Saga comes from the Old Norse saga, meaning “story, narrative, or history.”


There are also some evocative adjectives that come from Old Norse. One such word is walleyed, meaning “having eyes in which there is an abnormal amount of the white showing.” This term is often applied to fish, particularly the walleye. Walleyed comes from the Old Norse word vagleygr. Although it’s not entirely clear what vagl- meant, it’s possible that it’s related to the Icelandic vagl, meaning “film.”


Another example of an adjective that comes from Old Norse is ugly. This word comes from the Old Norse uggligr, meaning “fearful” or “dreadful.” In other words, something that is ugly inspires fear.


Fear can take shape as horror or terror. Do you know the difference?


As we noted in the introduction, part of the reason Old Norse spread was through viking invasions. Appropriately enough, then, the English word ransack ultimately comes from Old Norse. Ransack means “to search thoroughly or vigorously through” or “to pillage.”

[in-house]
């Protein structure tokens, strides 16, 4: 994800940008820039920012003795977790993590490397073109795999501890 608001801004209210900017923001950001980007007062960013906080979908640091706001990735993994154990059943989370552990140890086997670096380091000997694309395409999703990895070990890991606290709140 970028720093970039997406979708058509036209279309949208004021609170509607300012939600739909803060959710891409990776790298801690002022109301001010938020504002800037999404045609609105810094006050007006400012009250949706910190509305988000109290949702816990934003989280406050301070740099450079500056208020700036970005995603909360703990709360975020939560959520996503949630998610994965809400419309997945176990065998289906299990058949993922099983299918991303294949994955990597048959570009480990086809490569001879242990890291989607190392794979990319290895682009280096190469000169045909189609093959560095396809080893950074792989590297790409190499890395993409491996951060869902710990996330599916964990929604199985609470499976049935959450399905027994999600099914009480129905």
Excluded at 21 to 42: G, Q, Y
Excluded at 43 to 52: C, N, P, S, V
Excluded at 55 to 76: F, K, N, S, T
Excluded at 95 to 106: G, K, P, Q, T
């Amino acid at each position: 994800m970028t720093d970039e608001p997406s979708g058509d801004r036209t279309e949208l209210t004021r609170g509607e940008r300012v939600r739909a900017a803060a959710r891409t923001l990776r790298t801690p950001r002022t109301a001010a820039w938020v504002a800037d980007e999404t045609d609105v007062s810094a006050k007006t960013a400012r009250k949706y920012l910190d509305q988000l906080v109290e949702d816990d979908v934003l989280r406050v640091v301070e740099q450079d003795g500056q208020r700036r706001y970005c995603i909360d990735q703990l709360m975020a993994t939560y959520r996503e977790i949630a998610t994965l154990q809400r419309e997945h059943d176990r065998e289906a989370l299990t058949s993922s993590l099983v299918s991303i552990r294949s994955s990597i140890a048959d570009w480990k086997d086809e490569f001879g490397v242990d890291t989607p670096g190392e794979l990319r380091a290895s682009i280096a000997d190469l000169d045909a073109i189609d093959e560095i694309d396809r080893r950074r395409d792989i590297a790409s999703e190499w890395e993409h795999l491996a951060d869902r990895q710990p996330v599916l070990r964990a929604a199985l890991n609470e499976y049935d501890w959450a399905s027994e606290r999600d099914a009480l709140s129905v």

Ransack comes from the Old Norse rannsaka meaning “to search, examine (for evidence of a crime.” The first part of the word rann- means “house” and saka means “search.”


The Nordic countries are known for being snowbound, so it is perhaps of little surprise that the word ski comes from Old Norse. Ski comes from the Old Norse skīth, meaning “snow-shoe” or “plank of wood.” It’s related to the German Scheit, meaning “thin board.”


The word die, as in “to cease to live,” is from the Old Norse deyja, meaning “die.” Yes, Old Norse is a part of the very life—and death, apparently—of English.


A classic everyday word that comes from Old Norse is bag, in the sense of “pouch.” Bag comes from Old Norse baggi, meaning “pack, bundle, bag.”


Work can certainly be irksome, meaning “annoying; irritating; tiresome.” This is why it may not surprise you that irk, as in “to irritate,” comes from the Old Norse yrkja, meaning “to work.” This word’s meaning changed slightly when it was adopted into Middle English, becoming irken meaning “to grow tired, tire.”


Someone with freckles is a bit speckled, which helps explain the somewhat muddled origin of the word. Freckle comes from a combination of the word frecken, from the Old Norse frekna meaning “speckle” and the late Middle English speckle.